Table 3 presents the results for specimens after their first thawing: 12 and 24 months after storage. Compared to baseline (t1), there were no significant differences in concentrations of sodium, cholesterol, free fatty acids and AST, after 12 and 24 months. Vitamin E had a significant increase after 24 months while triglycerides had a significant decrease already after 12 months.
Our study showed that several components in EDTA plasma were stable over multiple freeze-thaw cycles. Over the first 10 cycles, the biggest change was between t0 and t1 for the majority of the analytes, however, following that there was little change in most analytes. This is good news for specimen banks which by definition have a minimum of one freeze-thaw cycle before conducting any analyses. Our suite of analytes provided information on a number of aspects of specimen integrity. Sodium was the most stable component both when it came to repeatedly freeze-thaw cycles and long-term storage. However, it alone can not be used as a marker for sample integrity, but primarily as an indicator of volume changes.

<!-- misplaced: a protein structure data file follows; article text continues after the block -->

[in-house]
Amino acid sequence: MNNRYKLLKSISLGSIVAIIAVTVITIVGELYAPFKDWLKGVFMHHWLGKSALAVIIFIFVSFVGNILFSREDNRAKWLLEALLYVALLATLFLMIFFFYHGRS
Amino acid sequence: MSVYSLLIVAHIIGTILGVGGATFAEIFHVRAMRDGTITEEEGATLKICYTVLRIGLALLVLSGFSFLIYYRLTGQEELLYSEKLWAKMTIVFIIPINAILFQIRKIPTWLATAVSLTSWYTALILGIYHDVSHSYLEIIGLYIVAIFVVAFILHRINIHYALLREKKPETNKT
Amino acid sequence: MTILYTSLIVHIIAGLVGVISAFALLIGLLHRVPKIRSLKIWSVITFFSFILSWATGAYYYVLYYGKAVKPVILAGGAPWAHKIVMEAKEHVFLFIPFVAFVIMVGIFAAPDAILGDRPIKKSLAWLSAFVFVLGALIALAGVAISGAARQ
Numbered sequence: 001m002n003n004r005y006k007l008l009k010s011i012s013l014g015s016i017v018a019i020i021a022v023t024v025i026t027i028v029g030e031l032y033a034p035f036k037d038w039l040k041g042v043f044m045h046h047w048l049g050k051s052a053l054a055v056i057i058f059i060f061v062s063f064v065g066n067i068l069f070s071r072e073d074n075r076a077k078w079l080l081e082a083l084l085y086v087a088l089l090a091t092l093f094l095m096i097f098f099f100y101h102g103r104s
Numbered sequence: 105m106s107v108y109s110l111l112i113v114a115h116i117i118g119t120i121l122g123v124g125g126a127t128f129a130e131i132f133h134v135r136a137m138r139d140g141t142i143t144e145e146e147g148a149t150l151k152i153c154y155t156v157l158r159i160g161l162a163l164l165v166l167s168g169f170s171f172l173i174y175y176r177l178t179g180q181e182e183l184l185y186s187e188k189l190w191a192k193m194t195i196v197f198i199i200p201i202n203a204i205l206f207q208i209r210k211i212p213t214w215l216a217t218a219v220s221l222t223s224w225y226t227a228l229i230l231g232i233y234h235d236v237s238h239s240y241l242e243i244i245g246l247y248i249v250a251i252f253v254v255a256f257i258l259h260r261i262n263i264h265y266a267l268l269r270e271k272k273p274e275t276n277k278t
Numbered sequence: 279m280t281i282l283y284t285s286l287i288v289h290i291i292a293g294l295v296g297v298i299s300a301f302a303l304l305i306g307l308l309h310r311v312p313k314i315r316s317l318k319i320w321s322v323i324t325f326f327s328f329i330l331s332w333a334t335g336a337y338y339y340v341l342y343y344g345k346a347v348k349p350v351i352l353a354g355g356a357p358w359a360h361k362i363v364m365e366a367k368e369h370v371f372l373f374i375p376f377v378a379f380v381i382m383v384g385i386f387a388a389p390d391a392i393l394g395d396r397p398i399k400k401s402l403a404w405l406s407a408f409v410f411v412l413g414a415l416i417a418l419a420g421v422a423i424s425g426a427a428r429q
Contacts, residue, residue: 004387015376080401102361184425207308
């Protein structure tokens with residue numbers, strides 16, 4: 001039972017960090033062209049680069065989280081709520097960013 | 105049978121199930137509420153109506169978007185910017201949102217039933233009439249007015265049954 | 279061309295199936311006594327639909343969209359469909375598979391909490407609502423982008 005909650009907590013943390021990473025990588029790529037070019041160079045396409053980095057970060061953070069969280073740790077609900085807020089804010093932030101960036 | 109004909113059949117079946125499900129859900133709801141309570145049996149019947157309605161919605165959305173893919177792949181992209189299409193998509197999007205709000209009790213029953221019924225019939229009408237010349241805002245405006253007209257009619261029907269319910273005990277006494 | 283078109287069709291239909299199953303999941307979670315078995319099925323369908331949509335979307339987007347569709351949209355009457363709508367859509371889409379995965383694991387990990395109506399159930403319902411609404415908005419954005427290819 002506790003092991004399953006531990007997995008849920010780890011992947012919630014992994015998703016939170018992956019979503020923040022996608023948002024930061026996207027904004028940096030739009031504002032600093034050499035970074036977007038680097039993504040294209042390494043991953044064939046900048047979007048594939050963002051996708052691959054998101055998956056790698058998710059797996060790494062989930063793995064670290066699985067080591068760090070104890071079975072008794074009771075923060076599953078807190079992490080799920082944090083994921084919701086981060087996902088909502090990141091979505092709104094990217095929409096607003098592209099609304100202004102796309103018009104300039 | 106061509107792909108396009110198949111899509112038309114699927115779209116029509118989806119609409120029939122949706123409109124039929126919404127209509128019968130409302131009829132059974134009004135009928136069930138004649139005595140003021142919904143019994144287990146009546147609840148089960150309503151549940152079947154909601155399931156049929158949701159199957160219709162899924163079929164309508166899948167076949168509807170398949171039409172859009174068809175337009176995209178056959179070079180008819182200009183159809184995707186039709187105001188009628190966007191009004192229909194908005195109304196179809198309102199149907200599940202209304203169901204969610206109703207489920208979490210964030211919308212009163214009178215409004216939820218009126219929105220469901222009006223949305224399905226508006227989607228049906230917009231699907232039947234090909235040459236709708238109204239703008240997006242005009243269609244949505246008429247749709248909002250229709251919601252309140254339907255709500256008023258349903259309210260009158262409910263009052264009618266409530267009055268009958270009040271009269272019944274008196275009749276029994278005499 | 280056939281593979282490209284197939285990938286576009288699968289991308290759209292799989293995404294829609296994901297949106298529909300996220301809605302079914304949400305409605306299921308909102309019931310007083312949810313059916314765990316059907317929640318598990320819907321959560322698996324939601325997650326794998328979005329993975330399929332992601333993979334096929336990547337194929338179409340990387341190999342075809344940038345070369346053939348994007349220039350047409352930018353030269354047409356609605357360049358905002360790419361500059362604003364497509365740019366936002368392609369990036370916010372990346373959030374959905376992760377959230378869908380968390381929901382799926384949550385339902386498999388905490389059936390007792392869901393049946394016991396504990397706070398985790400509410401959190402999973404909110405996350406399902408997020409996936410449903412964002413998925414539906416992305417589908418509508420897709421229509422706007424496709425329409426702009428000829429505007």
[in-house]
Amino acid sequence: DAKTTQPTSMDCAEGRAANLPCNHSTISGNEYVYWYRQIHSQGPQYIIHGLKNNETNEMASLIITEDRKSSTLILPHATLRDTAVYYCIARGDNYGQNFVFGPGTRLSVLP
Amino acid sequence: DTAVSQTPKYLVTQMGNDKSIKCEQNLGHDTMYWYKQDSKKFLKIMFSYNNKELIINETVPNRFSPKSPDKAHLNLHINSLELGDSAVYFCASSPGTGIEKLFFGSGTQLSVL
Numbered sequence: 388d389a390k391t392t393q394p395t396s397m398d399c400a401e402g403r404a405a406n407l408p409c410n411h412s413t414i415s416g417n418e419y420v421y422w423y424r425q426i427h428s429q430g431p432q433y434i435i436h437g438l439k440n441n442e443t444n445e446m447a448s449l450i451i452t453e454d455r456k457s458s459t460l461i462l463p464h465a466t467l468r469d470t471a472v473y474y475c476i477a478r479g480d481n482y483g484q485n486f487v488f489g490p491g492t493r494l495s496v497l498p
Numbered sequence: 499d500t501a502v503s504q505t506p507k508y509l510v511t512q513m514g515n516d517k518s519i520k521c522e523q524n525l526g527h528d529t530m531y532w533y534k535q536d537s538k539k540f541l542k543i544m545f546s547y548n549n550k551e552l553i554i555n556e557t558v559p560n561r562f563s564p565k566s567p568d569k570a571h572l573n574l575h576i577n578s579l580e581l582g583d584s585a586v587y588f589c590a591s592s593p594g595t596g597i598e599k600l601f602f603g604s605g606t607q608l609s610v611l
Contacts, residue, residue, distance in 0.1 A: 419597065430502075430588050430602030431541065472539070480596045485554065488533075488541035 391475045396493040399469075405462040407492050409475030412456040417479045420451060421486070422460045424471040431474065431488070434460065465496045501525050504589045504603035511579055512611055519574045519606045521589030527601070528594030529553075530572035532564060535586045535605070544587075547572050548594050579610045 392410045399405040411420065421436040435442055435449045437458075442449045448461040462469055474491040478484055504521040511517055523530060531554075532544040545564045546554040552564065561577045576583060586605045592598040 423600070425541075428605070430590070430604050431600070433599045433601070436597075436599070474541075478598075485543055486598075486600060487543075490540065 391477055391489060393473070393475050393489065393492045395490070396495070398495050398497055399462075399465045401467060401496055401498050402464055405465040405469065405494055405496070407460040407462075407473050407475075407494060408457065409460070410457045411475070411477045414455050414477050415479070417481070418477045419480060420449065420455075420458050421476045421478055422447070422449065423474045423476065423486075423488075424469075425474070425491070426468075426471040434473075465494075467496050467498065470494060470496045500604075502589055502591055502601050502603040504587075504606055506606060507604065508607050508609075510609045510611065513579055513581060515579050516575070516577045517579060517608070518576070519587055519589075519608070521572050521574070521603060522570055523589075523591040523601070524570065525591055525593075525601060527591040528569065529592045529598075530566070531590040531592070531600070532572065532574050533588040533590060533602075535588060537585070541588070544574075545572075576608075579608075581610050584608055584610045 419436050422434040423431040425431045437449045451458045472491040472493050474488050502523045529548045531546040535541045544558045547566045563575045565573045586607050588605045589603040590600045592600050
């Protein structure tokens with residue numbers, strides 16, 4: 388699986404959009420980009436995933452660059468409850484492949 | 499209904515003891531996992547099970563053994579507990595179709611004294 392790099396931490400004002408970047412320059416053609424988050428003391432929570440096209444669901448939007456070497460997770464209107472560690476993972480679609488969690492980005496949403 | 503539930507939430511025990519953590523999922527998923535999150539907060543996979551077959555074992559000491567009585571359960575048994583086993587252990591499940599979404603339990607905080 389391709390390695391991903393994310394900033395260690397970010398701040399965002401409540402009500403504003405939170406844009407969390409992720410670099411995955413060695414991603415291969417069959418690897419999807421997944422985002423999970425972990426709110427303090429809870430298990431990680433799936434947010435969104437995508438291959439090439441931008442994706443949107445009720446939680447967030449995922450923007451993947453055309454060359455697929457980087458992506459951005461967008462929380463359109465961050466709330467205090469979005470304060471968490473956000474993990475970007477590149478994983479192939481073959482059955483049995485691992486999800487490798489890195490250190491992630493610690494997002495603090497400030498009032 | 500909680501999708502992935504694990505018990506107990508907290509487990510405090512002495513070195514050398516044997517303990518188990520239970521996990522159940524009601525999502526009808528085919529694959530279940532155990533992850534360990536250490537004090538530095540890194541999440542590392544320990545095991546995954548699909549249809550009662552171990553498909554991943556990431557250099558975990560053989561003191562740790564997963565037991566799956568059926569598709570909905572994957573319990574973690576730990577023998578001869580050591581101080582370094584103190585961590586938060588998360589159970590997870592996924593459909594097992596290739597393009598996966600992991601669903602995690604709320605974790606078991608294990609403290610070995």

Cholesterol and triglycerides were stable for approximately 10 freeze-thaw cycles, after that the levels started to decline. We saw no change in cholesterol level during storage without thawing after 1 and 2 years; hence we believe the change was due primarily to the freeze-thaw cycles alone. For triglycerides, we saw a significant decrease (6%) after 12 months without thawing. This suggests that the decrease we observed after 50 freeze-thaw cycles mainly was a result of the freeze-thaw process but also that storage time may influence concentration. Other investigators have explored the impact of plasma cholesterol and triglycerides over time [7–10]. Using 10 samples at each time point, Comstock and colleagues showed a small change for cholesterol concentration of −0.4 % per freeze-thaw cycles during three cycles in plasma stored at −70 °C ; we would be unable to detect such a small change in concentration. Other studies including our own have shown stability during 3–10 cycles in human plasma stored at −80 °C and for 10 cycles in baboon serum stored at −20 °C [10, 13]. For triglycerides it has been reported stability for 3 cycles in plasma stored at −80 °C .